Iran’s pervasive internet filtering system makes circumvention tools necessary for many run-of-the-mill online activities, such as posting a status update on Facebook or uploading a picture to Instagram. This requirement can make using the internet in Iran a persistent and frustrating challenge. Luckily for Iranian netizens, there are resources available to help them gain access to blocked sites. In what follows, we’ll examine one such resource.
This month’s report looks at Filtershekanha, a mailing list which sends its subscribers biweekly updates on the latest circumvention tools and provides instructions about how to download the required software. Through a combination of an interview with the list’s founder Nariman Gharib and a presentation and discussion of circumvention... read more
This month’s report looks at Iran’s presentation at the recent WSIS forum, a UN-sponsored event which forms part of the preparatory process ahead of the World Summit on the Information Society’s (WSIS) 10th anniversary review. In particular, we focus on a presentation by the Iranian delegation entitled “ethical dimensions of the Information Society” because it outlines Iran’s position on three seminal internet-related issues: anonymity, privacy, and freedom of information. We’ll take a look at what Iran’s delegation said about each of these topics, and offer some analysis regarding what their statements might mean. We’ll also provide some background information on the World Summit on the Information Society (WSIS) and global Internet governance processes more generally.
In... read more
This month’s report takes a look at Samandehi, the official registry for Iranian websites. All websites are required by law to register with Samandehi’s database, but is this law strictly enforced? To find out, we tested some of Iran’s most popular websites, as well as several state-affiliated pages. In short, our findings suggest that while many private websites register with Samandehi, the government tends to turn a blind eye when regime-friendly websites skirt the registration requirement.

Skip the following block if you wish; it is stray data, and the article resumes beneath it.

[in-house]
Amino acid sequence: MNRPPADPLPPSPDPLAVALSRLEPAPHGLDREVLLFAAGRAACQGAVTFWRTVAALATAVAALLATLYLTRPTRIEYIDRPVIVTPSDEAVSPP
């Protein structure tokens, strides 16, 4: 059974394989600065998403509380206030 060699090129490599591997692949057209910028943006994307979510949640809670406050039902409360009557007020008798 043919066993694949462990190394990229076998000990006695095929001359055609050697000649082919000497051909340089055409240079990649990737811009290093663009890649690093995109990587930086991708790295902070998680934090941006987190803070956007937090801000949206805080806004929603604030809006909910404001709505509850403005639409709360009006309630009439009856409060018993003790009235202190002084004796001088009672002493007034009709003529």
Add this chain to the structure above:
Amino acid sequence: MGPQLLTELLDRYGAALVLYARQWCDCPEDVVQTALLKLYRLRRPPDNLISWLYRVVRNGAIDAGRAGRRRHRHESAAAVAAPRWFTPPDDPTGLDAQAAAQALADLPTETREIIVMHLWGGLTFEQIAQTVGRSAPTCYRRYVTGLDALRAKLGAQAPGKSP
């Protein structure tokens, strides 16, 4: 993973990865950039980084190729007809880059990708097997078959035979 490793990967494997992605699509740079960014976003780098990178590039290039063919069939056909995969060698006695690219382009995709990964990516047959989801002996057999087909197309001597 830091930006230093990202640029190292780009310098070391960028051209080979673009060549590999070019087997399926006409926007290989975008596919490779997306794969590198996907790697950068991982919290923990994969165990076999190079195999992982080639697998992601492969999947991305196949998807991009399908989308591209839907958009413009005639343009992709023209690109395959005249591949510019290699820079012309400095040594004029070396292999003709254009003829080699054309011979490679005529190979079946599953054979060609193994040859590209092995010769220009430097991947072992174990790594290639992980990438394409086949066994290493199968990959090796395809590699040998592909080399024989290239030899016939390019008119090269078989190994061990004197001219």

We’ve also rounded up some of the top tweets containing the filternet hashtag, along with statements from ICT policymakers including an increase in SHOMA funding and Culture Minister Ali Jannati’s justification for using social media.read more
This month’s report looks at Iran’s domestic Certificate Authorities (CAs), which websites and internet
users rely on to ensure sensitive data remains encrypted. The Iranian government claims it needs
domestic CAs because sanctions make it difficult for Iranian websites to buy digital certificates from
abroad. But is this the whole story?
In addition to addressing that question, this report features a new segment called #Filterwatch,
tracking the trending Twitter discussions about internet filtering in Iran. We also have a roundup of
statements from ICT policymakers and politicians, including plans for a new national satellite and
an explanation of why ICT Minister Mahmoud Vaezi was reprimanded by MPs.
In mid-February, Iranian officials announced the launch of three domestic search engines, which they claim can be used without any interference from the filtering system. This month’s report puts this claim to the test by searching for some sensitive keywords on Iranian search engines and comparing the results to Google.
It won’t come as a surprise to readers that our findings suggest that Iranian search engines do indeed filter results for some sensitive keywords. However, it turns out that this filtering sometimes works in unexpected ways, and other times results we thought might be censored were actually pretty easy to find.